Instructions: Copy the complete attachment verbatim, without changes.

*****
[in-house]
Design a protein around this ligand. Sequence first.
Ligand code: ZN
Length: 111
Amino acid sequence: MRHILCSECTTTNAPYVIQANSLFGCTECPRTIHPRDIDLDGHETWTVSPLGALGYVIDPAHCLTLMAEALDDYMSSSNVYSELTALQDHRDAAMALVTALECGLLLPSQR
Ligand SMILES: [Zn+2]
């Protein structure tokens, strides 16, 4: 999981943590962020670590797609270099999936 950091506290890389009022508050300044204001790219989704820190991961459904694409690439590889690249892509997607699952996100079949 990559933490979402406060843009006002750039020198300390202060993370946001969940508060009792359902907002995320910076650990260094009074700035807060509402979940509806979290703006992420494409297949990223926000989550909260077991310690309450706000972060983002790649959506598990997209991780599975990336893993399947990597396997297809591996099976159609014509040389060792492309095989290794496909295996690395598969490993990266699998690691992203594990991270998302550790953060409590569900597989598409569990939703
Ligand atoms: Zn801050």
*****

[in-house]
Design a protein around this ligand. Sequence first.
Ligand code: ZN
Length: 111
Amino acid sequence: MRHILCSECTTTNAPYVIQANSLFGCTECPRTIHPRDIDLDGHETWTVSPLGALGYVIDPAHCLTLMAEALDDYMSSSNVYSELTALQDHRDAAMALVTALECGLLLPSQR
Ligand SMILES: [Zn+2]
């Protein structure tokens, strides 16, 4: 999981943590962020670590797609270099999936 950091506290890389009022508050300044204001790219989704820190991961459904694409690439590889690249892509997607699952996100079949 990559933490979402406060843009006002750039020198300390202060993370946001969940508060009792359902907002995320910076650990260094009074700035807060509402979940509806979290703006992420494409297949990223926000989550909260077991310690309450706000972060983002790649959506598990997209991780599975990336893993399947990597396997297809591996099976159609014509040389060792492309095989290794496909295996690395598969490993990266699998690691992203594990991270998302550790953060409590569900597989598409569990939703
Ligand atoms: Zn801050």